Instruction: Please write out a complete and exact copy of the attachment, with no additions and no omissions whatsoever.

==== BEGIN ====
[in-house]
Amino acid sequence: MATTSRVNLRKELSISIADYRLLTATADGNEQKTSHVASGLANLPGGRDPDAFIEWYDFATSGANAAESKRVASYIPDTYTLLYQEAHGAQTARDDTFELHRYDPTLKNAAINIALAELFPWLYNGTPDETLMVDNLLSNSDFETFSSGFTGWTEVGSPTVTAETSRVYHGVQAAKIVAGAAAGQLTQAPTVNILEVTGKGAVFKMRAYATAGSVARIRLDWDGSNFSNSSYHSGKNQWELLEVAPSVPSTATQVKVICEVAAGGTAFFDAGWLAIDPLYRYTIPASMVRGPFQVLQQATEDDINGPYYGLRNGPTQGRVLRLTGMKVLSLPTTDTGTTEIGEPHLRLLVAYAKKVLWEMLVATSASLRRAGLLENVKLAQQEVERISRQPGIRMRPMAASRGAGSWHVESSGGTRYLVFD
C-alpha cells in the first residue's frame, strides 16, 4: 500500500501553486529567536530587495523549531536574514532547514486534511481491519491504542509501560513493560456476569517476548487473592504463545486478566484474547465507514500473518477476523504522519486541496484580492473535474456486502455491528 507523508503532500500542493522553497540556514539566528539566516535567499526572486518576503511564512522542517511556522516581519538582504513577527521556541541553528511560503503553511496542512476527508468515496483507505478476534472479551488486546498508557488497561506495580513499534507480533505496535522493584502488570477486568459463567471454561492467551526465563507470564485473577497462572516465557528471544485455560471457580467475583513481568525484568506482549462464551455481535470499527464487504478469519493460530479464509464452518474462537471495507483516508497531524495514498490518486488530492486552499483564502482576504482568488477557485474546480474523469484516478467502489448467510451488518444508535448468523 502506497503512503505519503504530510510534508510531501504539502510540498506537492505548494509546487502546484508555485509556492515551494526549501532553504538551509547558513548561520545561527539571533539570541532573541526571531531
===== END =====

[in-house]
Amino acid sequence: MATTSRVNLRKELSISIADYRLLTATADGNEQKTSHVASGLANLPGGRDPDAFIEWYDFATSGANAAESKRVASYIPDTYTLLYQEAHGAQTARDDTFELHRYDPTLKNAAINIALAELFPWLYNGTPDETLMVDNLLSNSDFETFSSGFTGWTEVGSPTVTAETSRVYHGVQAAKIVAGAAAGQLTQAPTVNILEVTGKGAVFKMRAYATAGSVARIRLDWDGSNFSNSSYHSGKNQWELLEVAPSVPSTATQVKVICEVAAGGTAFFDAGWLAIDPLYRYTIPASMVRGPFQVLQQATEDDINGPYYGLRNGPTQGRVLRLTGMKVLSLPTTDTGTTEIGEPHLRLLVAYAKKVLWEMLVATSASLRRAGLLENVKLAQQEVERISRQPGIRMRPMAASRGAGSWHVESSGGTRYLVFD
C-alpha cells in the first residue's frame, strides 16, 4: 500500500501553486529567536530587495523549531536574514532547514486534511481491519491504542509501560513493560456476569517476548487473592504463545486478566484474547465507514500473518477476523504522519486541496484580492473535474456486502455491528 507523508503532500500542493522553497540556514539566528539566516535567499526572486518576503511564512522542517511556522516581519538582504513577527521556541541553528511560503503553511496542512476527508468515496483507505478476534472479551488486546498508557488497561506495580513499534507480533505496535522493584502488570477486568459463567471454561492467551526465563507470564485473577497462572516465557528471544485455560471457580467475583513481568525484568506482549462464551455481535470499527464487504478469519493460530479464509464452518474462537471495507483516508497531524495514498490518486488530492486552499483564502482576504482568488477557485474546480474523469484516478467502489448467510451488518444508535448468523 502506497503512503505519503504530510510534508510531501504539502510540498506537492505548494509546487502546484508555485509556492515551494526549501532553504538551509547558513548561520545561527539571533539570541532573541526571531531